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LA GRANDE, Ore. – Stage, seats, lights, speakers, steps, screens and tech — no part of Eastern Oregon University’s performing arts spaces have been forgotten in a major renovation of Loso Hall.
“This is an update to the performance venues that have largely been unchanged since the original construction over 30 years ago ,” said EOU Capital Projects Manager David Moore.
The building houses the campus’ main performance venue, McKenzie Theatre, as well as the small Schwarz Theatre and accompanying facilities for make-up, rehearsal, costume design and set building. After nearly a year of work by Kirby Nagelhout Construction, Loso Hall is set to re-open in April.
Attendees of choir concerts, community symphony shows, musicals, plays, speaking events, conferences, film festivals, graduations and other ceremonies will notice a few distinct upgrades. Blue seats and a gold curtain reflect EOU’s school colors, while a matte black masonite stage lies in wait to welcome performers back to the spotlight.
Improved ADA access was a main component of the renovation. Additional spots for people who use wheelchairs, and a lift so they can access the second level. Contractors removed 80,000 pounds of concrete from McKenzie Theatre to eliminate steps and widen aisles. The design added no-step access to the stage in McKenzie Theatre, and leveled the floor in Schwarz Theatre.
Schwarz also got a “black box” makeover with matte black treatment for the floor, ceiling and walls. The space now has movable chairs and risers that can be adjusted to suit each performance.
The biggest news in the small theatre, though, is a built-in rotating stage. EOU is one of the only college campuses in the West to install this highly adaptable feature. Directors can set up multiple backgrounds and rotate them for easy scene transitions, or a musician could perform a solo while the stage slowly spins, or curators could set up visual artwork for display on the turntable.
“This space is so flexible,” Moore said. “It can be used in endless ways to showcase EOU and community talent.”
Beyond surface gloss, the infrastructure of both spaces has been fundamentally transformed by more than four miles of new conduit that routes sound, video and electricity throughout each facility. Actors in the green room can watch a live feed of what’s happening on stage in either theatre. A new tech booth embedded in McKenzie theatre connects with controls backstage and above in the catwalk to control lights, sound and effects. All of those wires were carefully, invisibly tucked into the existing structure, along with energy-efficient upgrades to the heating and cooling systems.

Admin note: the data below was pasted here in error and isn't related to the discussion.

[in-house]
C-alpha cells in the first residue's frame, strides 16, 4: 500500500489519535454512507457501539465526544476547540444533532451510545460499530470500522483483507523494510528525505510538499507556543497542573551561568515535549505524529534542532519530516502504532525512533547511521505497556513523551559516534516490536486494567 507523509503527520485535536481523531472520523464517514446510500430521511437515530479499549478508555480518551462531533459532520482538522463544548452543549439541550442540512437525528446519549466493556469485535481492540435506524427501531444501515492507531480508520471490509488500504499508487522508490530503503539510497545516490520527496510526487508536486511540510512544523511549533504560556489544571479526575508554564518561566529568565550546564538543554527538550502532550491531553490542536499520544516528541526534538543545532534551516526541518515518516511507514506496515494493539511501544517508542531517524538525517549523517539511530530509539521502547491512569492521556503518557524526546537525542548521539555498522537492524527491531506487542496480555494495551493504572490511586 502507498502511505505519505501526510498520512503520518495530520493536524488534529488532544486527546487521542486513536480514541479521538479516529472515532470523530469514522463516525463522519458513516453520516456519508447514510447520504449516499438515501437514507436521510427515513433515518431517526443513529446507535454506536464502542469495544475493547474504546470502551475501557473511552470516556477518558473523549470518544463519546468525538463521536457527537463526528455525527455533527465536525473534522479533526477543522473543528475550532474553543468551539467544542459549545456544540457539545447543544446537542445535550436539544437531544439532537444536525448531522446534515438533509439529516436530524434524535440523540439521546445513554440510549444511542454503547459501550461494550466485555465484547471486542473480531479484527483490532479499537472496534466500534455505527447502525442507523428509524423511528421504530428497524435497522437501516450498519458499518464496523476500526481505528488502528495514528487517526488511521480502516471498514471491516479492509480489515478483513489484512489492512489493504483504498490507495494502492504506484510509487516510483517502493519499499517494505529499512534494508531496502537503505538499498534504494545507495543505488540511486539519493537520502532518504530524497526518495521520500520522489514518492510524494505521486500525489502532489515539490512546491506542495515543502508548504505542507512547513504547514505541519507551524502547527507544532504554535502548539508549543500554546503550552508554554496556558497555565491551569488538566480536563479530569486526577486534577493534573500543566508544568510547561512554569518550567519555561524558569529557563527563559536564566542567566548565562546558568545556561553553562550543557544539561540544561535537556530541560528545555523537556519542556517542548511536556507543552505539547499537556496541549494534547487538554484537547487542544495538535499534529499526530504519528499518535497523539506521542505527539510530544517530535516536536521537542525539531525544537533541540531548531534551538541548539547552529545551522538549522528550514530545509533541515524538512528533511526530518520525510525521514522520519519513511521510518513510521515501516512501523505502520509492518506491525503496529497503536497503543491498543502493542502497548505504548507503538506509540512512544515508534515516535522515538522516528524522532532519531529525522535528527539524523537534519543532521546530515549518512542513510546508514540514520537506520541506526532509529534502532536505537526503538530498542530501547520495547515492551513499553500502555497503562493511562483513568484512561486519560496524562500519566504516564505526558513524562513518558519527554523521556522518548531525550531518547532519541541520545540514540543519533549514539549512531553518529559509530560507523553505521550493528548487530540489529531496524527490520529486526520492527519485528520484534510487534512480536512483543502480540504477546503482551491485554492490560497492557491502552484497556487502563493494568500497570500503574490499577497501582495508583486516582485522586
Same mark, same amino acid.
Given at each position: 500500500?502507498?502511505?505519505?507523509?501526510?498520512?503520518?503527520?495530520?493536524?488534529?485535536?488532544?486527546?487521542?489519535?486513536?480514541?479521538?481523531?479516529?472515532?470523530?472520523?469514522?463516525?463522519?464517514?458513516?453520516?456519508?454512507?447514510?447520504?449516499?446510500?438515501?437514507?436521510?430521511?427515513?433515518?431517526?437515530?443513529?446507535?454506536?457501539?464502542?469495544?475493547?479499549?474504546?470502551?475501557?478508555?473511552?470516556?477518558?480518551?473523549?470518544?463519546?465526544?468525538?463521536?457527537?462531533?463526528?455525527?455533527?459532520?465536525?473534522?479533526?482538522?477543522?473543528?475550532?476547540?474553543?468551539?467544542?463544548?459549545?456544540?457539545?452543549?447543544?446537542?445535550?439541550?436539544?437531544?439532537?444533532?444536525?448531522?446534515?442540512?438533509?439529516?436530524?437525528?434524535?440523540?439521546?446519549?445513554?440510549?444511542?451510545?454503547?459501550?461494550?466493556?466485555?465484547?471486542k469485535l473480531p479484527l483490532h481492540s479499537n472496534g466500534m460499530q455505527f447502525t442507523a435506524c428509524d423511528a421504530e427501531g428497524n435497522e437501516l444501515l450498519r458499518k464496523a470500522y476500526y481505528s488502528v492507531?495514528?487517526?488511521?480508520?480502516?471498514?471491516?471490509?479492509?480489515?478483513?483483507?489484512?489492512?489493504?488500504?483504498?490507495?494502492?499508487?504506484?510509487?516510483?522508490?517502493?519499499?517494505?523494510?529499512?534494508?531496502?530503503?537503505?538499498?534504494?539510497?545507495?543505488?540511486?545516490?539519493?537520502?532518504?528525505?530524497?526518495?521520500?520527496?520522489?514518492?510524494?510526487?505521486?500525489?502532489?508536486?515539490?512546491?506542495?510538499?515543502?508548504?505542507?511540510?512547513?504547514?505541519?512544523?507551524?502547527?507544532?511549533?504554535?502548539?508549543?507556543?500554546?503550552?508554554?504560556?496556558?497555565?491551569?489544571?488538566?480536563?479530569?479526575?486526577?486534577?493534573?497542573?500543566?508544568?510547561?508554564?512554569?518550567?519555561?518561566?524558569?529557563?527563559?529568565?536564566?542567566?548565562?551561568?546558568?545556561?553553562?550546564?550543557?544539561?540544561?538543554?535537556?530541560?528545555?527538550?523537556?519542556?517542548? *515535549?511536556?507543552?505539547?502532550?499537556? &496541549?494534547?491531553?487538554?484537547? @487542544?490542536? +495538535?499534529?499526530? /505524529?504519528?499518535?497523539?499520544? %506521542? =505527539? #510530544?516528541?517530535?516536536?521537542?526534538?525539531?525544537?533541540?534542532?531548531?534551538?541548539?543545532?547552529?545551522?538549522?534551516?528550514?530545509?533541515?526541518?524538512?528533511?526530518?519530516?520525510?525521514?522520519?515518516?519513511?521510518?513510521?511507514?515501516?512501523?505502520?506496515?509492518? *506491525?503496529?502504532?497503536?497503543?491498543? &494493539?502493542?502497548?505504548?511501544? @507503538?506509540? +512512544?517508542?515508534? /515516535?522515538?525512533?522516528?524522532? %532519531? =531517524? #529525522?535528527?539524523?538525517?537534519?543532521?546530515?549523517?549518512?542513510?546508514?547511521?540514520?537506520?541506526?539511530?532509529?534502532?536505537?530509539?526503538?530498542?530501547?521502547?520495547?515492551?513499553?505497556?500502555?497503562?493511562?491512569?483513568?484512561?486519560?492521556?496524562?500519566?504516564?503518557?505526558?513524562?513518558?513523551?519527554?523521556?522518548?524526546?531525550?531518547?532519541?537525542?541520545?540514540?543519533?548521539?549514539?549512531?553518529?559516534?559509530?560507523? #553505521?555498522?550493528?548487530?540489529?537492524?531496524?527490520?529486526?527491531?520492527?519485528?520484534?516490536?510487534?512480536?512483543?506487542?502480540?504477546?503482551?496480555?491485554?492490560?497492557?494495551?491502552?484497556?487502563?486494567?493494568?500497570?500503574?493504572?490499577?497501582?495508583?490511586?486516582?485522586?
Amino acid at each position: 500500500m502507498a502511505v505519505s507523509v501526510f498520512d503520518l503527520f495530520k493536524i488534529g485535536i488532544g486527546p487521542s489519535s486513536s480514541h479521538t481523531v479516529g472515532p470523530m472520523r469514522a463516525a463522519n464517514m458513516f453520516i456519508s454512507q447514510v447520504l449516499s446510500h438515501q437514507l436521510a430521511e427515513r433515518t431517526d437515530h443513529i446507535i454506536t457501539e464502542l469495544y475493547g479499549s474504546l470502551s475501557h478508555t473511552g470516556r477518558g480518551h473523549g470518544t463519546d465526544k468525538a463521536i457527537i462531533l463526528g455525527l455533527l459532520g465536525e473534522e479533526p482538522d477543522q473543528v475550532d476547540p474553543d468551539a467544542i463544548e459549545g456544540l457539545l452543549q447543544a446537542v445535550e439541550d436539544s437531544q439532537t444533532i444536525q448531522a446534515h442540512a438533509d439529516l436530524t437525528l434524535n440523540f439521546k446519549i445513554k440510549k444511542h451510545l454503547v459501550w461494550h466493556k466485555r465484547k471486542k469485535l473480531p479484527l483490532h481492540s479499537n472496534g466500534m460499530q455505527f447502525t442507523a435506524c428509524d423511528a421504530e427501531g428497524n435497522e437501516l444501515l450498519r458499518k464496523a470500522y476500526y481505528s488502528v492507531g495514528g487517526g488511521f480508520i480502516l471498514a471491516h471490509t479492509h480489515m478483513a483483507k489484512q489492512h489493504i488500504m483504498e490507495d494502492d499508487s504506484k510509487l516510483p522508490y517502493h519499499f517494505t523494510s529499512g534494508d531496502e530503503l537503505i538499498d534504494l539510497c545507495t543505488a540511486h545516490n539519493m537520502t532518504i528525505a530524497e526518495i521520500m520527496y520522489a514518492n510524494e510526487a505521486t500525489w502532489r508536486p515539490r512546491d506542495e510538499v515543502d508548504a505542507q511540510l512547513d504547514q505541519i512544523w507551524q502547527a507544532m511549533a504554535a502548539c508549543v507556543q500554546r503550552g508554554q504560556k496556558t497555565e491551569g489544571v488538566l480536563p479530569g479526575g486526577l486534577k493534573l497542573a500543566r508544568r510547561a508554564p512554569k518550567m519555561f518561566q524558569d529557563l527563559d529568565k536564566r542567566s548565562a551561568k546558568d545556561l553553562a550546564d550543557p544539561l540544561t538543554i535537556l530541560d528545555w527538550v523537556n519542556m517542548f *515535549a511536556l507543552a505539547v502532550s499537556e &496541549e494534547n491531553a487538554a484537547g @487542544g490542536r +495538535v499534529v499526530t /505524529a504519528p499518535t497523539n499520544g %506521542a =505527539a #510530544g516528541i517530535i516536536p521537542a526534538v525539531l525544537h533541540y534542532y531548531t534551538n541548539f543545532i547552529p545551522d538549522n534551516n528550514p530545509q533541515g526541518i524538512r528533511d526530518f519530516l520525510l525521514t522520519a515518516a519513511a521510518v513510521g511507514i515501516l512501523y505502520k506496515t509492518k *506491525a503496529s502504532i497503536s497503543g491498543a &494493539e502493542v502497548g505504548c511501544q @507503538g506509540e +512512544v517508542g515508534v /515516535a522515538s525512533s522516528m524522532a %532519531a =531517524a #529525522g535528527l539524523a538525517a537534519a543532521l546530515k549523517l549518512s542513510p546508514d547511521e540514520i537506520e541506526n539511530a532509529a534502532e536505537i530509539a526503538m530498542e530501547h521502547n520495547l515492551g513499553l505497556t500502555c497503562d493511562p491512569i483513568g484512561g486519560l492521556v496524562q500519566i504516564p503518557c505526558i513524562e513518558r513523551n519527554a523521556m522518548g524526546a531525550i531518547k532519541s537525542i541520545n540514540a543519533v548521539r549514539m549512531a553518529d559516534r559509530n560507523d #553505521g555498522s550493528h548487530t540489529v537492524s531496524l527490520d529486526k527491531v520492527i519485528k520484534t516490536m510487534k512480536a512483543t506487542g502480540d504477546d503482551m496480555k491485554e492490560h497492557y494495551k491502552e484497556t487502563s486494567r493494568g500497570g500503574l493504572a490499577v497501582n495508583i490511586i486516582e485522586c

“We used to have two separate spaces, but now they are cohesive,” Moore said. “It’s possible to use Schwarz and McKenzie theatres simultaneously or in conjunction with each other. With the technology upgrades, Schwarz Theater can function as overflow for McKenzie during larger events.”
Backstage, decades-old rigging got a 21st century overhaul. Touchscreen controls, an automated fire safety mechanism, emergency rope stops, and seven engine-driven rigging sets will allow student stagehands to get a professional grade experience. Plus, a permanently mounted projector and screen connect with giant ray speakers to turn McKenzie Theatre into the county’s newest movie venue.
“The rigging mechanisms and fire curtain automation really improve safety,” Moore said. “The touchscreen controls backstage, in the booth and on the catwalk allow students to experience the best of what the industry has to offer.”
Although COVID-19 restrictions will limit audience capacity in the near future, EOU students and faculty will have access to begin using their new state-of-the-art facility in spring term.
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